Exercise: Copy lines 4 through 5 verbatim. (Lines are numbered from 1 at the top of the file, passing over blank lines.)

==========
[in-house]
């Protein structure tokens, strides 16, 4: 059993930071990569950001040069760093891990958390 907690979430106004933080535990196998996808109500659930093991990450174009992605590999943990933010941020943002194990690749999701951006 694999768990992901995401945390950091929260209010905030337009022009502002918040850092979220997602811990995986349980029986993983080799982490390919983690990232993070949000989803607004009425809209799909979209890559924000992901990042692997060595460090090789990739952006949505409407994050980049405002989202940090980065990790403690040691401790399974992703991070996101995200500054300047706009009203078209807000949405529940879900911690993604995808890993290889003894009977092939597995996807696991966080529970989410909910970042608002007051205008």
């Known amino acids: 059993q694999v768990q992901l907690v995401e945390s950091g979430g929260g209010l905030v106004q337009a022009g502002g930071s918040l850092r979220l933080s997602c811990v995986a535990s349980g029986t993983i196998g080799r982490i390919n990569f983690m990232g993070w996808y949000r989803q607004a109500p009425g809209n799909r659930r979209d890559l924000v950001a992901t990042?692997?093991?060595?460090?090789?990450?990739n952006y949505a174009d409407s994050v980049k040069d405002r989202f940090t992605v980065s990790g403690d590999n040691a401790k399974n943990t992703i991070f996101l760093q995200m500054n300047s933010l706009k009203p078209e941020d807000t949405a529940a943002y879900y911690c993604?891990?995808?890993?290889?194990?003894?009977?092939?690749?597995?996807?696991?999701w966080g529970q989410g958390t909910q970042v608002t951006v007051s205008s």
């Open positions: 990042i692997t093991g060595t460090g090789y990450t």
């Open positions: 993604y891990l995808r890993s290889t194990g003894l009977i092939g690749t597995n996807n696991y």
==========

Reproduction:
């Open positions: 990042i692997t093991g060595t460090g090789y990450t």
């Open positions: 993604y891990l995808r890993s290889t194990g003894l009977i092939g690749t597995n996807n696991y």